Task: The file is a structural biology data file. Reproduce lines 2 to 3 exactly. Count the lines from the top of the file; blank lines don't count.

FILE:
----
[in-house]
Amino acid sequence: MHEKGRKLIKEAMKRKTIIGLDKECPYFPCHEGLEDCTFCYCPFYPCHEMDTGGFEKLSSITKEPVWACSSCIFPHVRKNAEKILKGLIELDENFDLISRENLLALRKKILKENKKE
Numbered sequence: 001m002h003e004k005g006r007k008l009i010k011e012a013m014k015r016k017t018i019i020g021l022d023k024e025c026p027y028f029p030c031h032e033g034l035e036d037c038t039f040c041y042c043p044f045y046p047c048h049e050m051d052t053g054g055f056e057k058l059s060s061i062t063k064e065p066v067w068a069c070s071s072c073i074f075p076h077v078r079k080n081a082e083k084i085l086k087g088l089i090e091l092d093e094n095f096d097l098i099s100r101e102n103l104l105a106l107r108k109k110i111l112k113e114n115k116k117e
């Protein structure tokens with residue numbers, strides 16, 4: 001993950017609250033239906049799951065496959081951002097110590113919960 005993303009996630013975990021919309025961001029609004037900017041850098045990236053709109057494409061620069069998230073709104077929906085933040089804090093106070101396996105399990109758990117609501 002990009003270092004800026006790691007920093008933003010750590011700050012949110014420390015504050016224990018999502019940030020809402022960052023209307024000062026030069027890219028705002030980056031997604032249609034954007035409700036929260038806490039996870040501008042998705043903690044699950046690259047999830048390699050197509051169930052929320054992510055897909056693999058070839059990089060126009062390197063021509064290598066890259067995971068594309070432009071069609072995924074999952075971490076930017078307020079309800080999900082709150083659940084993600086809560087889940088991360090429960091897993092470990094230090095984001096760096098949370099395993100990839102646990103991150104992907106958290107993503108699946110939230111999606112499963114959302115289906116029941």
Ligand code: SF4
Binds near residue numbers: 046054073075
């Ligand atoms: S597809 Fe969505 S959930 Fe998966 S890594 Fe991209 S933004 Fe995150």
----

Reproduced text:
Amino acid sequence: MHEKGRKLIKEAMKRKTIIGLDKECPYFPCHEGLEDCTFCYCPFYPCHEMDTGGFEKLSSITKEPVWACSSCIFPHVRKNAEKILKGLIELDENFDLISRENLLALRKKILKENKKE
Numbered sequence: 001m002h003e004k005g006r007k008l009i010k011e012a013m014k015r016k017t018i019i020g021l022d023k024e025c026p027y028f029p030c031h032e033g034l035e036d037c038t039f040c041y042c043p044f045y046p047c048h049e050m051d052t053g054g055f056e057k058l059s060s061i062t063k064e065p066v067w068a069c070s071s072c073i074f075p076h077v078r079k080n081a082e083k084i085l086k087g088l089i090e091l092d093e094n095f096d097l098i099s100r101e102n103l104l105a106l107r108k109k110i111l112k113e114n115k116k117e